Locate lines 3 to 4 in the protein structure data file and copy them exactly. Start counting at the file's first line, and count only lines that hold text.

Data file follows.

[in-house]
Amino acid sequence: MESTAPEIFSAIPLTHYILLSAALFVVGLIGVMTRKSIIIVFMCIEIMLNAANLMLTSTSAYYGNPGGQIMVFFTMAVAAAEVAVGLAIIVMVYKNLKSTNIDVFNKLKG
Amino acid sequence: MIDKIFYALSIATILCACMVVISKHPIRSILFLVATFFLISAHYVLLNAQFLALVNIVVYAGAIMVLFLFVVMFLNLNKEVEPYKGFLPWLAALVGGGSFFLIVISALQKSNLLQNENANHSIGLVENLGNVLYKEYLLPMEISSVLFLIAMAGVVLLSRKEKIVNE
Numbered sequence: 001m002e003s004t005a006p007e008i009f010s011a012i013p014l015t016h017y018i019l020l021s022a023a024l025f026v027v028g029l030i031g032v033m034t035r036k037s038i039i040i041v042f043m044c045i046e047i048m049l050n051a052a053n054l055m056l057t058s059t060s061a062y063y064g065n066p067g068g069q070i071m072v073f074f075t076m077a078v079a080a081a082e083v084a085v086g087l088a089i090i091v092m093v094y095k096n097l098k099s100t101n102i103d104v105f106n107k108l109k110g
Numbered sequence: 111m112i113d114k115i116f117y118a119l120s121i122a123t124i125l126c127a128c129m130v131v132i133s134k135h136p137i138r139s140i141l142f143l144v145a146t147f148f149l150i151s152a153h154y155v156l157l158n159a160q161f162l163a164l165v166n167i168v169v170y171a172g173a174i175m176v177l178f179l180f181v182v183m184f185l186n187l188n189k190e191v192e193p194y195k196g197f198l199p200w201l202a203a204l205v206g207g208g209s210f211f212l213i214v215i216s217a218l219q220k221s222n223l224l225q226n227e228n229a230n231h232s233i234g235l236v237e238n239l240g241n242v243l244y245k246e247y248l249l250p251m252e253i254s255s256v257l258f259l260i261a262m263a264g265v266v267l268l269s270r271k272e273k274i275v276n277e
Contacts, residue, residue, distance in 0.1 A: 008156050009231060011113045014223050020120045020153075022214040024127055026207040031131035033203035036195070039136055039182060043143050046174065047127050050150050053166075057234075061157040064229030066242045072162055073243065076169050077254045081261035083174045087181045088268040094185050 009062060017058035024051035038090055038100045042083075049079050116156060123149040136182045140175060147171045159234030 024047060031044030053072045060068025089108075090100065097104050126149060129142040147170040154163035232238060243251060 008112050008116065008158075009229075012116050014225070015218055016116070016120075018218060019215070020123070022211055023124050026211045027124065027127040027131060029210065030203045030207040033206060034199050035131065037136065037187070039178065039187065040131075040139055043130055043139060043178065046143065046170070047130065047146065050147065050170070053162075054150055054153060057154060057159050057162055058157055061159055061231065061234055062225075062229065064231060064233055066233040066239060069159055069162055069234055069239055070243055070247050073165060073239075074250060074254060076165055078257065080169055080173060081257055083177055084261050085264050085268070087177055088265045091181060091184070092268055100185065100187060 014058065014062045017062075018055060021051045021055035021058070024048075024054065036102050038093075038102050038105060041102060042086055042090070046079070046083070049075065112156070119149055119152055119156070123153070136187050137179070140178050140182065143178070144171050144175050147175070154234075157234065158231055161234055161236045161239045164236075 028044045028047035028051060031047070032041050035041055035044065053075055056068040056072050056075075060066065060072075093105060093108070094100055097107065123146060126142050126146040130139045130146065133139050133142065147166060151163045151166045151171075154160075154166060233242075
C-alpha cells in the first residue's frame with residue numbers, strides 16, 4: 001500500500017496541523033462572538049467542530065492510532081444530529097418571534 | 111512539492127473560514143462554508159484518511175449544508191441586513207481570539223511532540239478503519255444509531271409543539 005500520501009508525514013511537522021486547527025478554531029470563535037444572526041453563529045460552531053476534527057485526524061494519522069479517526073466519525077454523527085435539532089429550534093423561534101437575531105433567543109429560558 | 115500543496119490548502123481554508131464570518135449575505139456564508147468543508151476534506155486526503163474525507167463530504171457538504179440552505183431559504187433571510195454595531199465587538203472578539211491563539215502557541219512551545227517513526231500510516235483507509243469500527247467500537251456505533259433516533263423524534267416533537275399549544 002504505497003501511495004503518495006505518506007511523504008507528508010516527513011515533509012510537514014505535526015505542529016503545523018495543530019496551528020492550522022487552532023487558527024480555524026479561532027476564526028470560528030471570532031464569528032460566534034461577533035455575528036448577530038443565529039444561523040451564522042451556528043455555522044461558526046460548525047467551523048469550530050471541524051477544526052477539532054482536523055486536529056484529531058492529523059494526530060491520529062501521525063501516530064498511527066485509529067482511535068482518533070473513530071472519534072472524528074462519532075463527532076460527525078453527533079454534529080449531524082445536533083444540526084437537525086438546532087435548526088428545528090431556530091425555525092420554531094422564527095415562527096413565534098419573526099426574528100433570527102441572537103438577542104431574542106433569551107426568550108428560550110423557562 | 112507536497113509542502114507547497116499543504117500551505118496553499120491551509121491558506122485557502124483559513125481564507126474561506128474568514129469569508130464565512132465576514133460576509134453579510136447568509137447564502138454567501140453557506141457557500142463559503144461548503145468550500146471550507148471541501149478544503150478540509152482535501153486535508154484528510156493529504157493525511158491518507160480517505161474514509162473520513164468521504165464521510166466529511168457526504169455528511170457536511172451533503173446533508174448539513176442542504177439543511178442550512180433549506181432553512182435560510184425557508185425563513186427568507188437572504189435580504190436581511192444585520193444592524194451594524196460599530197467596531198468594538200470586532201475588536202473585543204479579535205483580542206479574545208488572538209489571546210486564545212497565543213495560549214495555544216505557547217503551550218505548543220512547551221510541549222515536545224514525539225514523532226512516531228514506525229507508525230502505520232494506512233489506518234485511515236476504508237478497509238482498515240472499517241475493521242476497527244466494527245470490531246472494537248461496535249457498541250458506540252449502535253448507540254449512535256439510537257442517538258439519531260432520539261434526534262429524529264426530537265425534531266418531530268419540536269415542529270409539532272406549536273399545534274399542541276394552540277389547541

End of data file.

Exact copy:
Amino acid sequence: MIDKIFYALSIATILCACMVVISKHPIRSILFLVATFFLISAHYVLLNAQFLALVNIVVYAGAIMVLFLFVVMFLNLNKEVEPYKGFLPWLAALVGGGSFFLIVISALQKSNLLQNENANHSIGLVENLGNVLYKEYLLPMEISSVLFLIAMAGVVLLSRKEKIVNE
Numbered sequence: 001m002e003s004t005a006p007e008i009f010s011a012i013p014l015t016h017y018i019l020l021s022a023a024l025f026v027v028g029l030i031g032v033m034t035r036k037s038i039i040i041v042f043m044c045i046e047i048m049l050n051a052a053n054l055m056l057t058s059t060s061a062y063y064g065n066p067g068g069q070i071m072v073f074f075t076m077a078v079a080a081a082e083v084a085v086g087l088a089i090i091v092m093v094y095k096n097l098k099s100t101n102i103d104v105f106n107k108l109k110g